Anne Blondel-Jouin is the VP of Live Operations at Ubisoft and, here in a rain-soaked London shortly before The Division's big patch 1.5 was released, it occurs to me she could well be one of the busiest people at the company right now.
After all, Rainbow Six Siege recently released its final Year One DLC pack, The Crew has an expansion of its own – the cops and robbers themed Calling All Units – launching on 29 November, and Ubisoft have big plans for 'ski-'em-up' Steep, launching on 2 December.
It's been a busy year, but evidence of the live team's success is everywhere. Rainbow Six Siege has been growing slowly ever since its rocky release, while The Division is in the middle of its own redemptive odyssey, initially wowing the industry with its impressive launch sales before losing players amid complaints of hacking, glitches and a poorly designed end-game. The game had been suggested as a serious competitor to Destiny around the time of its release, but now people were making far less flattering comparisons.
The Division's developers, Ubisoft Massive, paired with the live team, were galvanised by the criticism and delayed expansions and extra content so they could fix and polish several aspects of the game, retooling it to make the core experience more enjoyable both by removing hackers and exploits, but also by making the end game more, y'know, fun.
"It's hard when you're a dev team to acknowledge that you failed," said Blondel-Jouin, "because you want to provide gamers with the best all the time and it was hard on us because we had to push back the DLC that fans were already clamouring for. We had to take that decision because we knew it was best for the gamers. It took a lot of discussion internally and courage to say, okay, we're going to be disappointing the gamers because we're not going to be providing as early as we should, but in the end it will be for the best.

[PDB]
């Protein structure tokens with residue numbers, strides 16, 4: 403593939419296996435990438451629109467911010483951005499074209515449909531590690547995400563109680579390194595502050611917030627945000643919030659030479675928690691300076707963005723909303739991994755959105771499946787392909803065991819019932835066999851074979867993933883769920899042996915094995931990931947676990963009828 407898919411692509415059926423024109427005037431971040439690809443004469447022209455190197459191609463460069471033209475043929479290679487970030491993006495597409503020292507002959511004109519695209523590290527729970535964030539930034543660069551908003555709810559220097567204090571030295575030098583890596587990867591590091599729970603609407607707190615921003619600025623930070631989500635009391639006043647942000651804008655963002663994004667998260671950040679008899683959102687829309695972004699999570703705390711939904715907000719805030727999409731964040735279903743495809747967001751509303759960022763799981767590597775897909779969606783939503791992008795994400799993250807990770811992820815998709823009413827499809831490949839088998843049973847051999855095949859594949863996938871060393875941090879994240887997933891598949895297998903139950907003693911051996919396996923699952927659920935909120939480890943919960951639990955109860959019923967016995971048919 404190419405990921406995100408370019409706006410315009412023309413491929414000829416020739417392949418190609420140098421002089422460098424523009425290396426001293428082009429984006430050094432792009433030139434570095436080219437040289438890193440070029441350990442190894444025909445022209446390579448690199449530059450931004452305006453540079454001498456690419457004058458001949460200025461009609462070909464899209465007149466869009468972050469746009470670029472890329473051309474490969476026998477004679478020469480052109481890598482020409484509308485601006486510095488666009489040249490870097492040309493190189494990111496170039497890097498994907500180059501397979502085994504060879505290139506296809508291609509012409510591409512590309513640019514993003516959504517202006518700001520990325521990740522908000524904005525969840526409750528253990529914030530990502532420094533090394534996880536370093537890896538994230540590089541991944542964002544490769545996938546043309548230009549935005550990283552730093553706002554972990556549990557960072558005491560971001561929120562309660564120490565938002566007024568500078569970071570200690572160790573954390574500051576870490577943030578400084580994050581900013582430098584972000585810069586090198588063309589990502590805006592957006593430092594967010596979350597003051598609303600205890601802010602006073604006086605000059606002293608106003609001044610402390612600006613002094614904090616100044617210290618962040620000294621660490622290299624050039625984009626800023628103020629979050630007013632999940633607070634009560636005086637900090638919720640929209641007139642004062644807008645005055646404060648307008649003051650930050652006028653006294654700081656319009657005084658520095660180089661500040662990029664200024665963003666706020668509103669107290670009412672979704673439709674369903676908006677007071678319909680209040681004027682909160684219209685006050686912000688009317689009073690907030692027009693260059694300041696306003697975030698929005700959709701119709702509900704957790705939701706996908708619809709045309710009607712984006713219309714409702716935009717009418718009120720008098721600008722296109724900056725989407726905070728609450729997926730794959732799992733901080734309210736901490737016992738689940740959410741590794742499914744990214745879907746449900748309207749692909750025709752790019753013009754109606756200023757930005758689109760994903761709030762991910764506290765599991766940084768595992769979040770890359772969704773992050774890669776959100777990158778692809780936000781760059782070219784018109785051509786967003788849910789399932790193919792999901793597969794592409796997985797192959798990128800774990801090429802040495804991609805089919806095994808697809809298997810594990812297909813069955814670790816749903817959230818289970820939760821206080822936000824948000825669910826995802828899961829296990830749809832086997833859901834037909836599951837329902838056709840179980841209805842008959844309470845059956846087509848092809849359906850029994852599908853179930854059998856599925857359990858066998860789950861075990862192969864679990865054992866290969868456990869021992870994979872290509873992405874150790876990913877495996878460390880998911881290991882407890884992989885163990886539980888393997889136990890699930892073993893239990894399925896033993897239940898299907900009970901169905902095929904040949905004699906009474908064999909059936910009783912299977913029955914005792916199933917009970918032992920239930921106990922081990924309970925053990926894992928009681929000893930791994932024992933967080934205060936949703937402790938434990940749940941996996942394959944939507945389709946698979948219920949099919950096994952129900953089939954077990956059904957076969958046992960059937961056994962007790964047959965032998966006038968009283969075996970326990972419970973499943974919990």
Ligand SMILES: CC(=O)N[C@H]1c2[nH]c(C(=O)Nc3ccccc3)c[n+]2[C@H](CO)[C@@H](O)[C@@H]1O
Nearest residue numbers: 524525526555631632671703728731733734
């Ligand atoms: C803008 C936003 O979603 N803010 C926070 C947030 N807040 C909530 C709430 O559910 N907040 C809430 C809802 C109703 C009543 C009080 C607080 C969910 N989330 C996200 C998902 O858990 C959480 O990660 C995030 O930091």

"We're lucky enough that the community followed us with that and we had that elite task force. All the gamers came over to Massive to help us build the patch and then we had that PTS where we were having all of those gamers coming over and testing and being hard on us but for the best for the game. I think if we were to do it again, we would do it the exact same way.
"Ubisoft was about 'fire and forget' games," continued Blondel-Jouin, indicating the changes rippling through the company. "It was like, one, one, one, one, but now on our live games we manage to do it like this. We make our titles and we never stop when we make a promise to gamers."
It certainly sounds like a different Ubisoft, a long way away from the company that fired yearly releases out into the ether before moving onto the next title.
Blondel-Jouin says that it's not a full paradigm shift for Ubisoft, but a change in how people want their games, learning from the publisher's own experiences in the PC and mobile free-to-play markets. "I can understand that externally you can think it's a shift but for us this was a way of looking very carefully at how people are experiencing games nowadays and it's a way to respond to that need," she explained.